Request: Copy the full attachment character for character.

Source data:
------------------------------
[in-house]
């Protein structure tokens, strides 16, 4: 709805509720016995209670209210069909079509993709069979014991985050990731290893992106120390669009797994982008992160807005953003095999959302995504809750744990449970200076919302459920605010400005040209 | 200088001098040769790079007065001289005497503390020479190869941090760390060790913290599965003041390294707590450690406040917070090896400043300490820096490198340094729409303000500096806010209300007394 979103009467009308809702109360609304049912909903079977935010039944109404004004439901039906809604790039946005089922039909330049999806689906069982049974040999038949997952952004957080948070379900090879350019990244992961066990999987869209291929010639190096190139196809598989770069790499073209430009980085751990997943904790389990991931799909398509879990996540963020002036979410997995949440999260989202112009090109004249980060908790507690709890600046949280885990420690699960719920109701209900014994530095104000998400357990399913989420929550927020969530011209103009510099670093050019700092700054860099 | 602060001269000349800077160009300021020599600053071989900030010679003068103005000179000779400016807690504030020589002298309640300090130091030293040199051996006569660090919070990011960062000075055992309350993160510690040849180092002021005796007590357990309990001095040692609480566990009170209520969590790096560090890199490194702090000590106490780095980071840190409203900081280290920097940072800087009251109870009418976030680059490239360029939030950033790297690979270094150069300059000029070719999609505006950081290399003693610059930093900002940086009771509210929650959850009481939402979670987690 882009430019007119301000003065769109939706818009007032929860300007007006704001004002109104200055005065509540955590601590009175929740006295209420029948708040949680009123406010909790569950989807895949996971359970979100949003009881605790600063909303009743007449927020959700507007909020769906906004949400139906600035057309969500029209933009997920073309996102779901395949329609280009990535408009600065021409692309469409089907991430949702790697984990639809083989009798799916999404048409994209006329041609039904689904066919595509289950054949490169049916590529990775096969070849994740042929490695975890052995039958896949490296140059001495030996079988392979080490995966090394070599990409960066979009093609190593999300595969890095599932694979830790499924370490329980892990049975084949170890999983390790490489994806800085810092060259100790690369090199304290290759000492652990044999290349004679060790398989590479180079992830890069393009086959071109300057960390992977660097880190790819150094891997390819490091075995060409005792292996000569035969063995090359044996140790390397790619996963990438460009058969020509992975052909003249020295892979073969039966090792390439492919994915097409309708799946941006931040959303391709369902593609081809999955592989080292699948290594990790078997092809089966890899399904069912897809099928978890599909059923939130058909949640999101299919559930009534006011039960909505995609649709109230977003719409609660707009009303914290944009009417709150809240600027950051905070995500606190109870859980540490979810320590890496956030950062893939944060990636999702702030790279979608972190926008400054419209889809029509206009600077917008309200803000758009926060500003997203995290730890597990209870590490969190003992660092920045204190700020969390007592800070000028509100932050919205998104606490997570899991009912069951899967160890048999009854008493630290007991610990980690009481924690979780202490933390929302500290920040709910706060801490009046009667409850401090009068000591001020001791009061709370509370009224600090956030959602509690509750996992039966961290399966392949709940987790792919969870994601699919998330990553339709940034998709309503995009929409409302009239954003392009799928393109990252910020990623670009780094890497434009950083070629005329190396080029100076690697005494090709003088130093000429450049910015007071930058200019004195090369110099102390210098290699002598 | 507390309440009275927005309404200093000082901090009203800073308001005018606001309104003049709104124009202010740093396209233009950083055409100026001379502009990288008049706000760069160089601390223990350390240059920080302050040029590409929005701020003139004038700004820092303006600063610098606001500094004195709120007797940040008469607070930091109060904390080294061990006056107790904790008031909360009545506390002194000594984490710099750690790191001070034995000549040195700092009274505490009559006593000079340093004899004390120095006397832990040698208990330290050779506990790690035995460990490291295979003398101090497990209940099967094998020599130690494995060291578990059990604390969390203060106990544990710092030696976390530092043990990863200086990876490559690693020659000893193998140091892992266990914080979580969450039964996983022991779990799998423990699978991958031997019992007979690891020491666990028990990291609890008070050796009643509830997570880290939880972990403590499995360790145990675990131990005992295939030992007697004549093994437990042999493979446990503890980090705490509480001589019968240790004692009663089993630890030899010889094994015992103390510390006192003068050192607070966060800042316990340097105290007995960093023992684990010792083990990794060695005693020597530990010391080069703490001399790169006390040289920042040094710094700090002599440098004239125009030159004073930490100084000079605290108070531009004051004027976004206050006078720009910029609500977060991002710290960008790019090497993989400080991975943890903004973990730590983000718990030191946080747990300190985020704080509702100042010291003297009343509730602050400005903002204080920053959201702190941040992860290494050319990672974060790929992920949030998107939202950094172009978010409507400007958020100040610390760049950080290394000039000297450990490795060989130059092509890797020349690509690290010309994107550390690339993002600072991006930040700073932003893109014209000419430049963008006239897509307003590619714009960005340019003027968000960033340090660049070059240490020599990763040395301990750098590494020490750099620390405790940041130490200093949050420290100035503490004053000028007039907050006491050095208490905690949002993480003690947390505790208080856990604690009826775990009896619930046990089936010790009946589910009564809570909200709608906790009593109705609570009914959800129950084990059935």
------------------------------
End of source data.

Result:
[in-house]
């Protein structure tokens, strides 16, 4: 709805509720016995209670209210069909079509993709069979014991985050990731290893992106120390669009797994982008992160807005953003095999959302995504809750744990449970200076919302459920605010400005040209 | 200088001098040769790079007065001289005497503390020479190869941090760390060790913290599965003041390294707590450690406040917070090896400043300490820096490198340094729409303000500096806010209300007394 979103009467009308809702109360609304049912909903079977935010039944109404004004439901039906809604790039946005089922039909330049999806689906069982049974040999038949997952952004957080948070379900090879350019990244992961066990999987869209291929010639190096190139196809598989770069790499073209430009980085751990997943904790389990991931799909398509879990996540963020002036979410997995949440999260989202112009090109004249980060908790507690709890600046949280885990420690699960719920109701209900014994530095104000998400357990399913989420929550927020969530011209103009510099670093050019700092700054860099 | 602060001269000349800077160009300021020599600053071989900030010679003068103005000179000779400016807690504030020589002298309640300090130091030293040199051996006569660090919070990011960062000075055992309350993160510690040849180092002021005796007590357990309990001095040692609480566990009170209520969590790096560090890199490194702090000590106490780095980071840190409203900081280290920097940072800087009251109870009418976030680059490239360029939030950033790297690979270094150069300059000029070719999609505006950081290399003693610059930093900002940086009771509210929650959850009481939402979670987690 882009430019007119301000003065769109939706818009007032929860300007007006704001004002109104200055005065509540955590601590009175929740006295209420029948708040949680009123406010909790569950989807895949996971359970979100949003009881605790600063909303009743007449927020959700507007909020769906906004949400139906600035057309969500029209933009997920073309996102779901395949329609280009990535408009600065021409692309469409089907991430949702790697984990639809083989009798799916999404048409994209006329041609039904689904066919595509289950054949490169049916590529990775096969070849994740042929490695975890052995039958896949490296140059001495030996079988392979080490995966090394070599990409960066979009093609190593999300595969890095599932694979830790499924370490329980892990049975084949170890999983390790490489994806800085810092060259100790690369090199304290290759000492652990044999290349004679060790398989590479180079992830890069393009086959071109300057960390992977660097880190790819150094891997390819490091075995060409005792292996000569035969063995090359044996140790390397790619996963990438460009058969020509992975052909003249020295892979073969039966090792390439492919994915097409309708799946941006931040959303391709369902593609081809999955592989080292699948290594990790078997092809089966890899399904069912897809099928978890599909059923939130058909949640999101299919559930009534006011039960909505995609649709109230977003719409609660707009009303914290944009009417709150809240600027950051905070995500606190109870859980540490979810320590890496956030950062893939944060990636999702702030790279979608972190926008400054419209889809029509206009600077917008309200803000758009926060500003997203995290730890597990209870590490969190003992660092920045204190700020969390007592800070000028509100932050919205998104606490997570899991009912069951899967160890048999009854008493630290007991610990980690009481924690979780202490933390929302500290920040709910706060801490009046009667409850401090009068000591001020001791009061709370509370009224600090956030959602509690509750996992039966961290399966392949709940987790792919969870994601699919998330990553339709940034998709309503995009929409409302009239954003392009799928393109990252910020990623670009780094890497434009950083070629005329190396080029100076690697005494090709003088130093000429450049910015007071930058200019004195090369110099102390210098290699002598 | 507390309440009275927005309404200093000082901090009203800073308001005018606001309104003049709104124009202010740093396209233009950083055409100026001379502009990288008049706000760069160089601390223990350390240059920080302050040029590409929005701020003139004038700004820092303006600063610098606001500094004195709120007797940040008469607070930091109060904390080294061990006056107790904790008031909360009545506390002194000594984490710099750690790191001070034995000549040195700092009274505490009559006593000079340093004899004390120095006397832990040698208990330290050779506990790690035995460990490291295979003398101090497990209940099967094998020599130690494995060291578990059990604390969390203060106990544990710092030696976390530092043990990863200086990876490559690693020659000893193998140091892992266990914080979580969450039964996983022991779990799998423990699978991958031997019992007979690891020491666990028990990291609890008070050796009643509830997570880290939880972990403590499995360790145990675990131990005992295939030992007697004549093994437990042999493979446990503890980090705490509480001589019968240790004692009663089993630890030899010889094994015992103390510390006192003068050192607070966060800042316990340097105290007995960093023992684990010792083990990794060695005693020597530990010391080069703490001399790169006390040289920042040094710094700090002599440098004239125009030159004073930490100084000079605290108070531009004051004027976004206050006078720009910029609500977060991002710290960008790019090497993989400080991975943890903004973990730590983000718990030191946080747990300190985020704080509702100042010291003297009343509730602050400005903002204080920053959201702190941040992860290494050319990672974060790929992920949030998107939202950094172009978010409507400007958020100040610390760049950080290394000039000297450990490795060989130059092509890797020349690509690290010309994107550390690339993002600072991006930040700073932003893109014209000419430049963008006239897509307003590619714009960005340019003027968000960033340090660049070059240490020599990763040395301990750098590494020490750099620390405790940041130490200093949050420290100035503490004053000028007039907050006491050095208490905690949002993480003690947390505790208080856990604690009826775990009896619930046990089936010790009946589910009564809570909200709608906790009593109705609570009914959800129950084990059935």